Newspaper article Sunshine Coast Daily (Maroochydore, Australia)

Songs of Love and Dates; Jerry Leiber Was a Dream Weaver A[euro]" a Writer of Songs about the Teenage Condition

Newspaper article Sunshine Coast Daily (Maroochydore, Australia)

Songs of Love and Dates; Jerry Leiber Was a Dream Weaver A[euro]" a Writer of Songs about the Teenage Condition

Article excerpt

Byline: Nick Hasted of The Independent

THE death of Jerry Leiber this week breaks another link with a generation of 1950s songwriters who helped to define the teenage dream.

With his writing partner, Mike Stoller, a long sequence of hits including Hound Dog, Jailhouse Rock and Stand by Me, Leiber (pictured right) acutely addressed adolescent romantic and rebellious urges.

Rock'n'roll as it has played out over the past half-century made its seismic, still rumbling impact through the shocking sight and sound of performers such as Elvis Presley and his wilder Southern peers, Jerry Lee Lewis and Little Richard.

But the jobbing, mostly Jewish and African-American young songwriters who put words in their mouths were equally vital.

In the following decade, Bob Dylan and The Beatles would establish rock and teenage longing as more self-consciously serious forces, sometimes toying with literal rebellion.

Leiber's generation found a language for and legitimised more primal concerns: hormonal frustration, girls, cars and dancing.

The year 1956 was when pop changed. In January, Frank Sinatra recorded Songs for Swingin' Lovers!, his definitive LP interpreting the songbook of the 20th century's first half.

Songs such as Cole Porter's I Get a Kick out of You were not lacking in excitement, but they plainly applied to the world of adult relationships inhabited by the besuited, 40-year-old singer.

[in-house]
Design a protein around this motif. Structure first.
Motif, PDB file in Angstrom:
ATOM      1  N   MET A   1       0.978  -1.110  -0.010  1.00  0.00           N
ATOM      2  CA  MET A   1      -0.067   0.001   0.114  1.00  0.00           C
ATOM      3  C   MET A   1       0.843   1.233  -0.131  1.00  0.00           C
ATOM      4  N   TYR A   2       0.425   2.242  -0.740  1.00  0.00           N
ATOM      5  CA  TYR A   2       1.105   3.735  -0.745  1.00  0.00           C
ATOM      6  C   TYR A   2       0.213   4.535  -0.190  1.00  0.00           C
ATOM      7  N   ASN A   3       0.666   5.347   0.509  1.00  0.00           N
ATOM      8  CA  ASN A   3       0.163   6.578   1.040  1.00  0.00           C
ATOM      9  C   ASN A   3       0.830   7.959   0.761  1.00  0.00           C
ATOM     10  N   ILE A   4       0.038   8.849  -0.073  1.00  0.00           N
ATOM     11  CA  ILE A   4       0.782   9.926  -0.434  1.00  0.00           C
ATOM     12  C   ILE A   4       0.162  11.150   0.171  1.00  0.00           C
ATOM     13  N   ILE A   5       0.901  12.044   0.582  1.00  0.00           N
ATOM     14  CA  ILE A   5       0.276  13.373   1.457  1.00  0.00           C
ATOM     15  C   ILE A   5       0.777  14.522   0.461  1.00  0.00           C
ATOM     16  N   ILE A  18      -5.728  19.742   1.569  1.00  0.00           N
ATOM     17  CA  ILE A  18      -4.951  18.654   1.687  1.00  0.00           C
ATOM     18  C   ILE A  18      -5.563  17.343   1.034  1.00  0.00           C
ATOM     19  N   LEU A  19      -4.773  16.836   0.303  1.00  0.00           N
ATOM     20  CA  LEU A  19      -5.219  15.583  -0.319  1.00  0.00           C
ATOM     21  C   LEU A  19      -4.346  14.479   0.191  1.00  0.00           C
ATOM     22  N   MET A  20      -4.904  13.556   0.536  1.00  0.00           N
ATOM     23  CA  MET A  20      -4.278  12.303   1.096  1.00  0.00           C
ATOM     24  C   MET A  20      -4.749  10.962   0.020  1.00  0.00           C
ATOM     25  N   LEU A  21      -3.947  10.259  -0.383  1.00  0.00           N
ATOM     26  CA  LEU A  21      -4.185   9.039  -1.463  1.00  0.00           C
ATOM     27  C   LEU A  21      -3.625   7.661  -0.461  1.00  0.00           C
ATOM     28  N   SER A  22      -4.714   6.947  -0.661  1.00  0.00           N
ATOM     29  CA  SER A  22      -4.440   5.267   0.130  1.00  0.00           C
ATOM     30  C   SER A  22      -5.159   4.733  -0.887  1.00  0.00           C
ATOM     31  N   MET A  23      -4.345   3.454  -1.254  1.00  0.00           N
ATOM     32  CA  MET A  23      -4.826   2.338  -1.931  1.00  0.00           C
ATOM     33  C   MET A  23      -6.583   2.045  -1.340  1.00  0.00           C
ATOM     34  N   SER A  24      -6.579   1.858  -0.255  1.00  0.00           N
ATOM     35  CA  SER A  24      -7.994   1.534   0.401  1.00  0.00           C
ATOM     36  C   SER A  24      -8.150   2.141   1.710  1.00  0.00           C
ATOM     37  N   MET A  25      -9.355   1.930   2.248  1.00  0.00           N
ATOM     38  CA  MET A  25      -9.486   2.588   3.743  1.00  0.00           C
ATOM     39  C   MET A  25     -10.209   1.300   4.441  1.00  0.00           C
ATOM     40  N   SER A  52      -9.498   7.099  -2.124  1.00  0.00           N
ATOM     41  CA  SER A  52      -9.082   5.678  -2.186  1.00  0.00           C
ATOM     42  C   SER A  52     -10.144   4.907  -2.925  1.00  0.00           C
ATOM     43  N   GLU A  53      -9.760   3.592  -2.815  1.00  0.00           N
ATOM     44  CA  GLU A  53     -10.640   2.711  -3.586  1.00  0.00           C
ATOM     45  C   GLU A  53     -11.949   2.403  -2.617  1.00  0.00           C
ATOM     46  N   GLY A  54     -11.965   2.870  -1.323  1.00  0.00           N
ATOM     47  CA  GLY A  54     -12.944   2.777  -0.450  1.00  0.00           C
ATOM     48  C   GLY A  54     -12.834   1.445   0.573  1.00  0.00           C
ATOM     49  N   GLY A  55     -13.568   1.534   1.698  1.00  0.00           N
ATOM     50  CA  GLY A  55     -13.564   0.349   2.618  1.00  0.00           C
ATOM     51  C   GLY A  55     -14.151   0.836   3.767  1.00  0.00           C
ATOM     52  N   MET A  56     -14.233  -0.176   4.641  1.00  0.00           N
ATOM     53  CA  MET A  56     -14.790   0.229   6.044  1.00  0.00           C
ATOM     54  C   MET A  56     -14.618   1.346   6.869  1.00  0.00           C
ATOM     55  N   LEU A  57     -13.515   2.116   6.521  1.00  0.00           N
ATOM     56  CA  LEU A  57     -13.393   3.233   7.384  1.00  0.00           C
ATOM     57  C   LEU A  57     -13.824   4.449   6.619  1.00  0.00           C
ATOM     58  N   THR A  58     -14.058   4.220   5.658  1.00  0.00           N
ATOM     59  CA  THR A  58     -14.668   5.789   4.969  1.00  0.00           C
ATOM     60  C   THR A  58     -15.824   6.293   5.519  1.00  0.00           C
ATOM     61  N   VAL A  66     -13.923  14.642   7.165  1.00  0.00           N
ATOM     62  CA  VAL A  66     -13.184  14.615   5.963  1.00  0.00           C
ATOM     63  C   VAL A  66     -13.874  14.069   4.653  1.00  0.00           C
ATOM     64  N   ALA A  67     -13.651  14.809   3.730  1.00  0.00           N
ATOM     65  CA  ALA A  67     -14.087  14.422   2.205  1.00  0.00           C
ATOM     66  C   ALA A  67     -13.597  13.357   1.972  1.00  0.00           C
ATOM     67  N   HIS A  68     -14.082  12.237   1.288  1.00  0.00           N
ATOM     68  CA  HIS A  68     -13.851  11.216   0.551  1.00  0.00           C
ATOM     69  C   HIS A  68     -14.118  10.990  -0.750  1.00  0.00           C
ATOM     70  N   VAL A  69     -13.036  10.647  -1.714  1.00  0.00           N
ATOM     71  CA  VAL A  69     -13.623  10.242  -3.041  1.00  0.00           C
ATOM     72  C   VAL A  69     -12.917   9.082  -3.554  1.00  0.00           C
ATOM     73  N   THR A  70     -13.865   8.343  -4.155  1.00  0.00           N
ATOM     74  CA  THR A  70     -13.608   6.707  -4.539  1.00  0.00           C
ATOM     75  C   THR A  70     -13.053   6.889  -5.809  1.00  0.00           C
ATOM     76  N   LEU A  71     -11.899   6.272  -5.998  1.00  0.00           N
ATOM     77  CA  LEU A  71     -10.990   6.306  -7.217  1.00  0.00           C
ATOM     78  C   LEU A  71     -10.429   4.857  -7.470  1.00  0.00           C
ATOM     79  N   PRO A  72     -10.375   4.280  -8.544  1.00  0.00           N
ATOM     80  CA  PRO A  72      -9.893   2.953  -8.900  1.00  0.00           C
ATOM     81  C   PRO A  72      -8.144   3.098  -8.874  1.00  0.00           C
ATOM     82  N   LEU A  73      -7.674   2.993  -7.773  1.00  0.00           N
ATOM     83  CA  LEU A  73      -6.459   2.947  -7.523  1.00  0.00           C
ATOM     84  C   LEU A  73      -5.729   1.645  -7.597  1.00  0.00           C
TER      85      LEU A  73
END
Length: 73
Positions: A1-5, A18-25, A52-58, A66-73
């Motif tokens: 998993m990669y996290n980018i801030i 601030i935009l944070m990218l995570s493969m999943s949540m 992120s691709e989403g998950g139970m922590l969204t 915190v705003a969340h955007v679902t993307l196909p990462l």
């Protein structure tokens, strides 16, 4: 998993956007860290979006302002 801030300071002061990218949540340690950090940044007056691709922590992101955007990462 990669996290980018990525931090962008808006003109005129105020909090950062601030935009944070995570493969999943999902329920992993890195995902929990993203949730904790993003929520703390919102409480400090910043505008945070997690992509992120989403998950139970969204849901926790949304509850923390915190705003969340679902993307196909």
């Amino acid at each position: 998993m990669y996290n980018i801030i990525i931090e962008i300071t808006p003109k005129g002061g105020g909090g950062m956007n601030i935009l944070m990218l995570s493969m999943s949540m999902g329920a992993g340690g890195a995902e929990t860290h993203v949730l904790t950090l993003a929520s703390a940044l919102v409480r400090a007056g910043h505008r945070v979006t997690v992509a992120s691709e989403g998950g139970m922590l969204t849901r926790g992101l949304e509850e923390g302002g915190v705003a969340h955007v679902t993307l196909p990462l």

Like the mature cool of jazz artists such as Miles Davis, who would release his album of George Gershwin songs, Porgy and Bess, two years later, this was music for teenagers dutifully to grow into, not live their lives to.

Elvis's first US No 1 hit, Heartbreak Hotel, came in February.

The almost Gothic gloominess of its account of lovelorn depression, written by Florida schoolteacher Mae Axton and country singer Tommy Durden, is worthy of The Smiths.

Although based on a newspaper account of the hotel suicide of a man consumed by existential despair, when sang by Elvis it could also be taken as a portrait of the absolutism of teenage crushes.

The 21-year-old singer's version that year of his old Sun Records labelmate Carl Perkins' Blue Suede Shoes then toyed with the life-and-death importance of teenage fashion, as he valued his beloved footwear over a house or car.

Elvis's recording of Leiber and Stoller's Hound Dog, his third No1 when it was released in July, added the earthy sexuality of the blues and R and B songs admired by its writers, high-school teenagers themselves when they wrote it.

The duo, East Coast natives who paired up while at an LA high school, were adding to a long tradition of Jewish writers as conduits for black American culture.

Leiber and Stoller added illicit tastes from across the tracks.

Hound Dog spoke of a raw world of sexual experience: thrilling hormonal dreams unavailable on Sinatra's songs of bar-room regret. …

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